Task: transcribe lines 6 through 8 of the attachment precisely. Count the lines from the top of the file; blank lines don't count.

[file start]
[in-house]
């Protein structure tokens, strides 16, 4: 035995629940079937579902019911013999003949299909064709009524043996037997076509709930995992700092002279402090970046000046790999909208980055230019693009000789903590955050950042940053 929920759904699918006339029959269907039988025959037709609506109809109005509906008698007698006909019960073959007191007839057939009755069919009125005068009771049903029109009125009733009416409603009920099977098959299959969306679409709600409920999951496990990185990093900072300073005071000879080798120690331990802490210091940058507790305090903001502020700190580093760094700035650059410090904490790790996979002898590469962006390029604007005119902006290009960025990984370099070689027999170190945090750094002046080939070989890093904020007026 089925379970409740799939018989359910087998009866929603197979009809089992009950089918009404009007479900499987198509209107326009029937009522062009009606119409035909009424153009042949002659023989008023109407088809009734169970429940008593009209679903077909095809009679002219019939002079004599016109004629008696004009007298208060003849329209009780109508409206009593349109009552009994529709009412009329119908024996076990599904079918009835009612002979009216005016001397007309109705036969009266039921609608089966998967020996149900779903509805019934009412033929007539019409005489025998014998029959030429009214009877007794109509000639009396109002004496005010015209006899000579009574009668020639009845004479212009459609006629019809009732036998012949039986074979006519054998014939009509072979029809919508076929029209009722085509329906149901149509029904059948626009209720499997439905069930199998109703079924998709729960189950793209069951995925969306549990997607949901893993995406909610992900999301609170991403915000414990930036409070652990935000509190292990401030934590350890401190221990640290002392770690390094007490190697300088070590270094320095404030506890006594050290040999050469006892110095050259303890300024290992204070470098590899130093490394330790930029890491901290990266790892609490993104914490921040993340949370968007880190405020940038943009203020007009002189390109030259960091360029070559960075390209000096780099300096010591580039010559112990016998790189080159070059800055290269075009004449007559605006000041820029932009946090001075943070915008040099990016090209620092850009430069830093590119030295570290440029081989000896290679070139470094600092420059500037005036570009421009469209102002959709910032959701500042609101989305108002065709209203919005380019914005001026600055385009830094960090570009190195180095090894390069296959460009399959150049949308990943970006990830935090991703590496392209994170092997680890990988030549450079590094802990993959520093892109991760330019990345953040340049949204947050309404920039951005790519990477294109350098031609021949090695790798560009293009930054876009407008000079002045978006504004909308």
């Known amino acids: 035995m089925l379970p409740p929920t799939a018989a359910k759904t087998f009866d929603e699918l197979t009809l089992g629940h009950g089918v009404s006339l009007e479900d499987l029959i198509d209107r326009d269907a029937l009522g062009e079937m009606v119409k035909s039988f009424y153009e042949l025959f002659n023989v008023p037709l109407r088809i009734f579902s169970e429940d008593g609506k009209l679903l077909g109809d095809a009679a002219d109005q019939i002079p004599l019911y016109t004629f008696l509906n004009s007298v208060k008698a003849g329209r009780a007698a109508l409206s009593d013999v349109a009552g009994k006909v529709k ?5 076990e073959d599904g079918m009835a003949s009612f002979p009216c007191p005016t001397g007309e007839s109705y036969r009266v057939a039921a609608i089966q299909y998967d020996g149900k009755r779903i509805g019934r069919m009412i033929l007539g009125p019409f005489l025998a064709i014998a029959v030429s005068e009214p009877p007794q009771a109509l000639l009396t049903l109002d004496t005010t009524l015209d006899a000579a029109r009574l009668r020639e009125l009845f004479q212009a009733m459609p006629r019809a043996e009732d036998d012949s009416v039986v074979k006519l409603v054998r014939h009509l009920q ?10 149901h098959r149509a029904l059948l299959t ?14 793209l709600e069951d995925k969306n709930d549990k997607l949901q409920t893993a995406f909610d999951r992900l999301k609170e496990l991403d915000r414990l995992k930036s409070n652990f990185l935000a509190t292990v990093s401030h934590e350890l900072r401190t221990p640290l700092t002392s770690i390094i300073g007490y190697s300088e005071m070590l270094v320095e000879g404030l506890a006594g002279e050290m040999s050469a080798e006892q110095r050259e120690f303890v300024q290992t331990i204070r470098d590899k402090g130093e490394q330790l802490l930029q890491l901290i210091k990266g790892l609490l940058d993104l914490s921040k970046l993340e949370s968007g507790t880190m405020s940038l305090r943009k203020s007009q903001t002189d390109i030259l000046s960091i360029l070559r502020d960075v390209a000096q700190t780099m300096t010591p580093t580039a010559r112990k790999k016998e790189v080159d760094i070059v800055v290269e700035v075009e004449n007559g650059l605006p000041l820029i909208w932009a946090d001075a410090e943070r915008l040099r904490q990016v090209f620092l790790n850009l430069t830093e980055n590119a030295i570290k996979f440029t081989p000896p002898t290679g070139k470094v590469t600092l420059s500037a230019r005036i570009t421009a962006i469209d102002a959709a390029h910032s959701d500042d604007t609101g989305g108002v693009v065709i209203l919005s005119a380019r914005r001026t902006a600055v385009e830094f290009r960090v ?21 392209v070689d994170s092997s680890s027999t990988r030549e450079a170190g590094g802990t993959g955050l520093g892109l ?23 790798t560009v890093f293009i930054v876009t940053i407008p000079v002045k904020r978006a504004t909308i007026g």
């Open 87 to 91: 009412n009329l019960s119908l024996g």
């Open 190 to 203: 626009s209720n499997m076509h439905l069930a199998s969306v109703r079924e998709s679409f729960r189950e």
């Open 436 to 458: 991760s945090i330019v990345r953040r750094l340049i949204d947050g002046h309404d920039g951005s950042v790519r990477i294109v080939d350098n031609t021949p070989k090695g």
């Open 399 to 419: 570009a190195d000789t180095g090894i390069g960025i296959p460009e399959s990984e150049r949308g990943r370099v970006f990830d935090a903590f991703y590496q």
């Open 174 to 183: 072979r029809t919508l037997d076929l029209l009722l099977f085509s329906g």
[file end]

């Open 436 to 458: 991760s945090i330019v990345r953040r750094l340049i949204d947050g002046h309404d920039g951005s950042v790519r990477i294109v080939d350098n031609t021949p070989k090695g």
């Open 399 to 419: 570009a190195d000789t180095g090894i390069g960025i296959p460009e399959s990984e150049r949308g990943r370099v970006f990830d935090a903590f991703y590496q």
């Open 174 to 183: 072979r029809t919508l037997d076929l029209l009722l099977f085509s329906g």